A Trail of Religion and Politics.

An overview of the Roman Empire's political and religious invasion of New Zealand,

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During the early 4th Century AD, political influences of the Roman Empire married into Christianity and began to make an organisation of the Christian faith. What had been happening in the political world with the use of armies to subdue people or countries, then took on a more subtle and intellectual approach under the guise of 'Christianity'. It wasn't long before this organised religion grew, and began furthering its political and religious so called 'protection' and control over many people and countries.

Through the ensuing centuries there were many people opposed to this conquering force, and millions of lives were lost in battle throughout the years. Not until the sixteenth to eighteenth centuries did any more remarkable changes begin to take place, and it was during this time under the influences of reformers like Martin Luther and John Wesley that many obtained the strength to break away from the 'Mother(ing)' church.

Through Luther, there came the understanding that through believing a person was already 'justified', and it was under this knowledge of Scripture that the Protestants broke away from the Roman Catholic organisation. Within Christian religious circles there were then two obvious opposing forces. One asserted rule over the people by setting conditions, good deeds, punishments or penalties as a means of supposedly gaining entry to Heaven, while the other was totally opposed to what they plainly saw were false teachings contrary to the freedom spoken of in Scripture.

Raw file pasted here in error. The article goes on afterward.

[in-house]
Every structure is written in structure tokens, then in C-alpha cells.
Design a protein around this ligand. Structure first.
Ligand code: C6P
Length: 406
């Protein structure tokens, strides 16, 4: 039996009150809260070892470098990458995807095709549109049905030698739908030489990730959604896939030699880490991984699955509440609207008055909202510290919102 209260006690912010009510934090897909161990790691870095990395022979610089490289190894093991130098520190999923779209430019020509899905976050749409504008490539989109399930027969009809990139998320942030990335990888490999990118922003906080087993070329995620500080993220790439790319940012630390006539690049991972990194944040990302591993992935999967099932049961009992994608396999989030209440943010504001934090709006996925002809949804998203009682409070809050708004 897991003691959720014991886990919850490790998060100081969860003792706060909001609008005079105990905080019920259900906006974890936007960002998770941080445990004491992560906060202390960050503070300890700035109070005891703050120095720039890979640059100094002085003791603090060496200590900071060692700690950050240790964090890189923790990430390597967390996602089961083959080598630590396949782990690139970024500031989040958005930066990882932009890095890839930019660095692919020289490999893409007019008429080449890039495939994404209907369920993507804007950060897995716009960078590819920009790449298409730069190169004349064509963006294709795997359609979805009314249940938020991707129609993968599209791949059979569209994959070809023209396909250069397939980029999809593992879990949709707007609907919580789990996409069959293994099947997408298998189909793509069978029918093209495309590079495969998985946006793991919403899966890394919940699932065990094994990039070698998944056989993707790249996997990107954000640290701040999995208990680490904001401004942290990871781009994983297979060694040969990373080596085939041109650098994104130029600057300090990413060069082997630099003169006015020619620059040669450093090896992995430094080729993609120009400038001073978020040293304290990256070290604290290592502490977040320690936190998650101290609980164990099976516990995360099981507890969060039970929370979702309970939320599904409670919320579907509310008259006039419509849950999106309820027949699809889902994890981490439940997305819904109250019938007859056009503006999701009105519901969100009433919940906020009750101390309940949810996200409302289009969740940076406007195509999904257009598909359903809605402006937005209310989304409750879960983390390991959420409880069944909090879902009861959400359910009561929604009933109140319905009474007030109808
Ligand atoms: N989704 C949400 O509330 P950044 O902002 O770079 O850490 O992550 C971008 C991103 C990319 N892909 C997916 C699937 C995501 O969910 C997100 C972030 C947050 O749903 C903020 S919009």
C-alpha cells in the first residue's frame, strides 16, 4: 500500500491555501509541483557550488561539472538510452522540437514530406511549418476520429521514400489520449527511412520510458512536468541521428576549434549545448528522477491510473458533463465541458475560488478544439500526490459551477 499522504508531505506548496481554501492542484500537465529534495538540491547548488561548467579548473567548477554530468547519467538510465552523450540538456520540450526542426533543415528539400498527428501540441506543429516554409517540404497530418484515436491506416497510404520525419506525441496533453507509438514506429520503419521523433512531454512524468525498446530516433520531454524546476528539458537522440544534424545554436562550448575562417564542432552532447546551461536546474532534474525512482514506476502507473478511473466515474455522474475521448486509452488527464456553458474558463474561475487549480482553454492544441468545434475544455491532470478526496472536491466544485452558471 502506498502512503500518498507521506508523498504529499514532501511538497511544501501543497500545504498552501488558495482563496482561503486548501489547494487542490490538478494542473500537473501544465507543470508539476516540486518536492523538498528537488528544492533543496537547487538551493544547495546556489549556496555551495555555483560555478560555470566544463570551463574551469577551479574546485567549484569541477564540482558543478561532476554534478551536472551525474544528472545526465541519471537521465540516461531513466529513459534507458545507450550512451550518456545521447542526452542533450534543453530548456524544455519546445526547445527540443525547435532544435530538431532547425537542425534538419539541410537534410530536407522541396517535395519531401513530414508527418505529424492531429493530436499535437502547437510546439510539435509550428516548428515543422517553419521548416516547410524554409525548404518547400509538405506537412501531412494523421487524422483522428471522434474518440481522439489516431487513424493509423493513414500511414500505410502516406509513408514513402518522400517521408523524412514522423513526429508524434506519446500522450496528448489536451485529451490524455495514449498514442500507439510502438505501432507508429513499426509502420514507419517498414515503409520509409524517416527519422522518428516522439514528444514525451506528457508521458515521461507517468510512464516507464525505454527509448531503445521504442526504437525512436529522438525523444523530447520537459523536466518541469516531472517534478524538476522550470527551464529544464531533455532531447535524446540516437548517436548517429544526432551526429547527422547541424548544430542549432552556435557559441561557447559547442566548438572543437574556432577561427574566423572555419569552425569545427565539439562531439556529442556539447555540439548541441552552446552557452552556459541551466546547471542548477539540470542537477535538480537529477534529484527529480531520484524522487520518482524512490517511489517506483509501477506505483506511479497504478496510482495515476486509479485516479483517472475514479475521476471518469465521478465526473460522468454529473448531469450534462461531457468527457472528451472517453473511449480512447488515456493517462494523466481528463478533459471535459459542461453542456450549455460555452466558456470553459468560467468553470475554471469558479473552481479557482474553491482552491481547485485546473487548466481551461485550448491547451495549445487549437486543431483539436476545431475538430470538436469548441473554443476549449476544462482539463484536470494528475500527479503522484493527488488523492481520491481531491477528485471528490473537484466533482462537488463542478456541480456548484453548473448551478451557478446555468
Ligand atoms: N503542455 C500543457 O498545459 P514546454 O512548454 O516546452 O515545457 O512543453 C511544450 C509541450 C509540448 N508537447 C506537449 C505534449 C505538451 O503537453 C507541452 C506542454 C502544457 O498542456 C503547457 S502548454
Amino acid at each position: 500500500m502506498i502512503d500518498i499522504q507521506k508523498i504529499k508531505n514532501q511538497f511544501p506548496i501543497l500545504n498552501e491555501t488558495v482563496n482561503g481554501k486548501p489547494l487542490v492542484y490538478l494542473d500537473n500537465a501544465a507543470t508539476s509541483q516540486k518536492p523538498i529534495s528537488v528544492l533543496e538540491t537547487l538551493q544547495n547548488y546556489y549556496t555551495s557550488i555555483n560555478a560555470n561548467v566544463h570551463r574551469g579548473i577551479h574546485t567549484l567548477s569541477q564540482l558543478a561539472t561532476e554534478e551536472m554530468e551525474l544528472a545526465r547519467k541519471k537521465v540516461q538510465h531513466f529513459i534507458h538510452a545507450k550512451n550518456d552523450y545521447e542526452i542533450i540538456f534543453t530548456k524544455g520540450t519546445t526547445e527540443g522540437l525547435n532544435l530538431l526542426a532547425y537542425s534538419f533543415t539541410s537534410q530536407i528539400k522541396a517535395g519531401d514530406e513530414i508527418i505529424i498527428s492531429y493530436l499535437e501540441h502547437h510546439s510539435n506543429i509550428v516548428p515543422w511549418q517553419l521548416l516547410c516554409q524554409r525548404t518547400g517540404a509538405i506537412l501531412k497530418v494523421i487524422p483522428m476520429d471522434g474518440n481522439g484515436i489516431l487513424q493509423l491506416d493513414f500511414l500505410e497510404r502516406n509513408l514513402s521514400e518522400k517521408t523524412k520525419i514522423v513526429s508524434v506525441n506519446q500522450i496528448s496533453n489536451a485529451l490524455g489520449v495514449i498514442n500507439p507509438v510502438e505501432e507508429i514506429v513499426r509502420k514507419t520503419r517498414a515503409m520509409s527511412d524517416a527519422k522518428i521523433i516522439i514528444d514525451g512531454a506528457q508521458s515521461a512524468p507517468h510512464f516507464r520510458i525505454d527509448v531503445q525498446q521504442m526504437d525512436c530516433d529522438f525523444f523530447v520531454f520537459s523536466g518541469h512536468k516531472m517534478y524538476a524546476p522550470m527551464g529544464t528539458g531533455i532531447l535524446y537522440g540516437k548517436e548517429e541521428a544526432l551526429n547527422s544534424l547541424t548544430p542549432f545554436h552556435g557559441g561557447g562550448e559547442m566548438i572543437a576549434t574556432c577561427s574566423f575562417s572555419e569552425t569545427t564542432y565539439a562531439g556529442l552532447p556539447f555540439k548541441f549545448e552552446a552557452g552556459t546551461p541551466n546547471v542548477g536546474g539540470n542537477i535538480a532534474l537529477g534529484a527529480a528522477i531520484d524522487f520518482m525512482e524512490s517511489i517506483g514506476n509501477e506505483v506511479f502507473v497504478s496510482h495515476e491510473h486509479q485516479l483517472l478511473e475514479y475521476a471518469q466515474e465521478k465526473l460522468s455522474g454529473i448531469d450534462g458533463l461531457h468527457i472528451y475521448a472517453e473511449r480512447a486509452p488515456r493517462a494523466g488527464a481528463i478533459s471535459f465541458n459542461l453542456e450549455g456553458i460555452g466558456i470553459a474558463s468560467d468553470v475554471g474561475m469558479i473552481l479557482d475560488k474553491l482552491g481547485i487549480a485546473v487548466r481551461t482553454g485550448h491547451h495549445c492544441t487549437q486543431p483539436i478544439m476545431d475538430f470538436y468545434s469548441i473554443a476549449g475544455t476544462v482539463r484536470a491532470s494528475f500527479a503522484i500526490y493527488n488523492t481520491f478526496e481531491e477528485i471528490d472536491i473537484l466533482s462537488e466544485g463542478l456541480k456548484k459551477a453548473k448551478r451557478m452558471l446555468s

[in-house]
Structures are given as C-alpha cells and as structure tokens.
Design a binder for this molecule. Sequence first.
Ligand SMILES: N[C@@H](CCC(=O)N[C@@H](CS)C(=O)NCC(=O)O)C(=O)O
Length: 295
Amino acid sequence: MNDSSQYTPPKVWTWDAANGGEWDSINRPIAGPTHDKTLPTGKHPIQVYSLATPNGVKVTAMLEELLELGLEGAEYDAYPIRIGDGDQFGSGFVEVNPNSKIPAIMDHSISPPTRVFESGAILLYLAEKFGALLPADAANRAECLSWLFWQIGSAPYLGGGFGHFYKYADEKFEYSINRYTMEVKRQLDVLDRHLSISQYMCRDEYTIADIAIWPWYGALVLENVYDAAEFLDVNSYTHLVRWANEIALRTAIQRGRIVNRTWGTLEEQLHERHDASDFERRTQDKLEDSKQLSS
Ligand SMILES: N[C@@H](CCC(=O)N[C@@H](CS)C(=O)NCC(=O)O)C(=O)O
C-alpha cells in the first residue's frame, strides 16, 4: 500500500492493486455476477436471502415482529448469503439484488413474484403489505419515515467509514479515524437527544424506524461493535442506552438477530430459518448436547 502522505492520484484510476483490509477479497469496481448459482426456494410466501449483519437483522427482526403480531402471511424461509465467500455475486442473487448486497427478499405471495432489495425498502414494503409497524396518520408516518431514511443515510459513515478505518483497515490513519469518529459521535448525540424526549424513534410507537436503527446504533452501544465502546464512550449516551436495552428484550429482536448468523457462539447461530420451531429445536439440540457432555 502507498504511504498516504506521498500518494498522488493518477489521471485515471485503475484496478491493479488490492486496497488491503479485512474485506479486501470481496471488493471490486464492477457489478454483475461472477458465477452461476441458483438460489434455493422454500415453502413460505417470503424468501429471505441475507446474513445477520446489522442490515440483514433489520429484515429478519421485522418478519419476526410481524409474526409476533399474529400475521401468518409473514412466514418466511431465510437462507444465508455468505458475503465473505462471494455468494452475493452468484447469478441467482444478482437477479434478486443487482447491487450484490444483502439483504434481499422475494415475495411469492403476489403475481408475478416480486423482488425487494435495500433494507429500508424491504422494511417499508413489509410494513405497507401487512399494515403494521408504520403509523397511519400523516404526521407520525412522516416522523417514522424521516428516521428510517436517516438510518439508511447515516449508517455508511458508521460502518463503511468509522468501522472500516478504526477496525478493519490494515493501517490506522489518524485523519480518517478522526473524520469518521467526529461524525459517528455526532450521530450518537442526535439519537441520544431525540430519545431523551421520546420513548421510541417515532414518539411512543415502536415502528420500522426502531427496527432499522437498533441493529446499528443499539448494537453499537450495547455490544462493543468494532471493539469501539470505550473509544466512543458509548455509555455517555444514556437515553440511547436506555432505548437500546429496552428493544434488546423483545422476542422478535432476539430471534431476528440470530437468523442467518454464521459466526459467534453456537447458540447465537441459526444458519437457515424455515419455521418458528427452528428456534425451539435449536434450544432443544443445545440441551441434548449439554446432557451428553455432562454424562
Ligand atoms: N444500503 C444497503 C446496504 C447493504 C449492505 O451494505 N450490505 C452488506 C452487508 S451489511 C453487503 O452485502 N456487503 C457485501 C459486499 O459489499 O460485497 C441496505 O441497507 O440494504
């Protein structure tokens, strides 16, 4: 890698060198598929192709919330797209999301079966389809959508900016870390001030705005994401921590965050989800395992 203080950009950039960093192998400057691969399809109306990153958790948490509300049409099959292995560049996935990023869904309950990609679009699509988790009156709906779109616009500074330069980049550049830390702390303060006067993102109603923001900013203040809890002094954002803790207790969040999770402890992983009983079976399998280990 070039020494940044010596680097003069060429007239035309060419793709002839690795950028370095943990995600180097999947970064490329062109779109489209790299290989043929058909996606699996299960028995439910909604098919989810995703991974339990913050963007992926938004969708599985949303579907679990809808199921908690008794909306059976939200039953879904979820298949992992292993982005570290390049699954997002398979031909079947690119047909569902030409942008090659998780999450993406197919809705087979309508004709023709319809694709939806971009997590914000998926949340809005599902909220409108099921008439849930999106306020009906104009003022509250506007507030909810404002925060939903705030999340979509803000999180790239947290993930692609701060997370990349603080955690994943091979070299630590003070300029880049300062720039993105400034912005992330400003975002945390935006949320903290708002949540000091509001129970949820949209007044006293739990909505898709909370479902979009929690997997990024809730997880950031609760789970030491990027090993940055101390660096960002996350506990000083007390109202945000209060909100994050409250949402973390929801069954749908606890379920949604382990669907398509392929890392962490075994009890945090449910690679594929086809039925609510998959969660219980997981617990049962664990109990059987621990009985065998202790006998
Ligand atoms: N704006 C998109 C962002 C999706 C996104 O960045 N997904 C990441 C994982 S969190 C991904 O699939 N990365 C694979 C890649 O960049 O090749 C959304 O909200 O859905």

True Christian missionaries in New Zealand would often have a tremendous desire and leading to introduce a further understanding of the God they knew to the Maori, and yet at the same time they were faced with this intellectual and political Christianity, which through reasoning, was intent upon gaining the control and bondage of people's souls, minds and livelihoods. The main opposing forces to the earlier misssionaries were the Roman Catholic representetives and the New Zealand Company, whose nature was merely the physical and political arm of the same conquering nature.

Hence the spiritual battle at the time of the signing of the Treaty of Waitangi. The initial good intent trying to be fostered was over-ridden by those with wrong motives who looked at New Zealand as a means of personal glory or financial reward, and it wasn't long before the seat of Government was moved from Auckland to Wellington, the town established by the New Zealand Company. This move was totally contrary to the leading given in the selection of Auckland for the seat of Government.

The religious differences were more clear cut in the 1840's and more openly expressed, but as time has moved on, the mainstream religious and political movements have moved closer together in thought, working all towards the same end. The more they lean to 'their' way as being 'the' way, the more reliant they become upon their god of education, intellectual achievement and commerce. Not I suppose, that those things are wrong in themselves, but dependency upon them et the expense of others, and the earth, is very quickly taking its toll.

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